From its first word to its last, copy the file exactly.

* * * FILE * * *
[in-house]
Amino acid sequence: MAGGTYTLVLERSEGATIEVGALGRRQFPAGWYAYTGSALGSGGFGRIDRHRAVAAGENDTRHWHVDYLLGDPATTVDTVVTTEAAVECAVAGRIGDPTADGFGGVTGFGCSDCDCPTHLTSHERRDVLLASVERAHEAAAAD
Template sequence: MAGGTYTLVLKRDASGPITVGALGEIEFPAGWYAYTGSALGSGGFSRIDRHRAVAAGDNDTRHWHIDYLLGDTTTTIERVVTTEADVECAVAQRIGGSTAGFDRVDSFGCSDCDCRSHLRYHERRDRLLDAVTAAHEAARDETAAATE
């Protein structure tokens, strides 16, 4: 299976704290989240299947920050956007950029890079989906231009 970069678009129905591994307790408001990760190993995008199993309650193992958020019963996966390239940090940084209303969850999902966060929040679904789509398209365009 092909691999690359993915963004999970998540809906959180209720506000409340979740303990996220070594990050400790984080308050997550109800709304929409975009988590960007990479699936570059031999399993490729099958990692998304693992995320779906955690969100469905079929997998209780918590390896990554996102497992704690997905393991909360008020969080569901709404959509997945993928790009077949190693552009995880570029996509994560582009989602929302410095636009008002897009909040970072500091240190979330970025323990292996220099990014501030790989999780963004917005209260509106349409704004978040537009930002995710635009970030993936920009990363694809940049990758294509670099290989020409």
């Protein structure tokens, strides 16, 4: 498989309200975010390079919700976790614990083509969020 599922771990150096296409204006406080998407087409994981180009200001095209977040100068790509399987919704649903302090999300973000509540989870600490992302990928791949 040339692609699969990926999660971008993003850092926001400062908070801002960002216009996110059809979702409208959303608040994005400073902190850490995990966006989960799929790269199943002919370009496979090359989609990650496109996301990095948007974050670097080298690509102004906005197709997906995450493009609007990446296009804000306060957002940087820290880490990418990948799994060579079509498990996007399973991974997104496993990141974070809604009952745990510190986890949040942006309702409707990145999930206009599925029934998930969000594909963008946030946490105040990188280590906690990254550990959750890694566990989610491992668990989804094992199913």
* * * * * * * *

[in-house]
Amino acid sequence: MAGGTYTLVLERSEGATIEVGALGRRQFPAGWYAYTGSALGSGGFGRIDRHRAVAAGENDTRHWHVDYLLGDPATTVDTVVTTEAAVECAVAGRIGDPTADGFGGVTGFGCSDCDCPTHLTSHERRDVLLASVERAHEAAAAD
Template sequence: MAGGTYTLVLKRDASGPITVGALGEIEFPAGWYAYTGSALGSGGFSRIDRHRAVAAGDNDTRHWHIDYLLGDTTTTIERVVTTEADVECAVAQRIGGSTAGFDRVDSFGCSDCDCRSHLRYHERRDRLLDAVTAAHEAARDETAAATE
């Protein structure tokens, strides 16, 4: 299976704290989240299947920050956007950029890079989906231009 970069678009129905591994307790408001990760190993995008199993309650193992958020019963996966390239940090940084209303969850999902966060929040679904789509398209365009 092909691999690359993915963004999970998540809906959180209720506000409340979740303990996220070594990050400790984080308050997550109800709304929409975009988590960007990479699936570059031999399993490729099958990692998304693992995320779906955690969100469905079929997998209780918590390896990554996102497992704690997905393991909360008020969080569901709404959509997945993928790009077949190693552009995880570029996509994560582009989602929302410095636009008002897009909040970072500091240190979330970025323990292996220099990014501030790989999780963004917005209260509106349409704004978040537009930002995710635009970030993936920009990363694809940049990758294509670099290989020409």
């Protein structure tokens, strides 16, 4: 498989309200975010390079919700976790614990083509969020 599922771990150096296409204006406080998407087409994981180009200001095209977040100068790509399987919704649903302090999300973000509540989870600490992302990928791949 040339692609699969990926999660971008993003850092926001400062908070801002960002216009996110059809979702409208959303608040994005400073902190850490995990966006989960799929790269199943002919370009496979090359989609990650496109996301990095948007974050670097080298690509102004906005197709997906995450493009609007990446296009804000306060957002940087820290880490990418990948799994060579079509498990996007399973991974997104496993990141974070809604009952745990510190986890949040942006309702409707990145999930206009599925029934998930969000594909963008946030946490105040990188280590906690990254550990959750890694566990989610491992668990989804094992199913």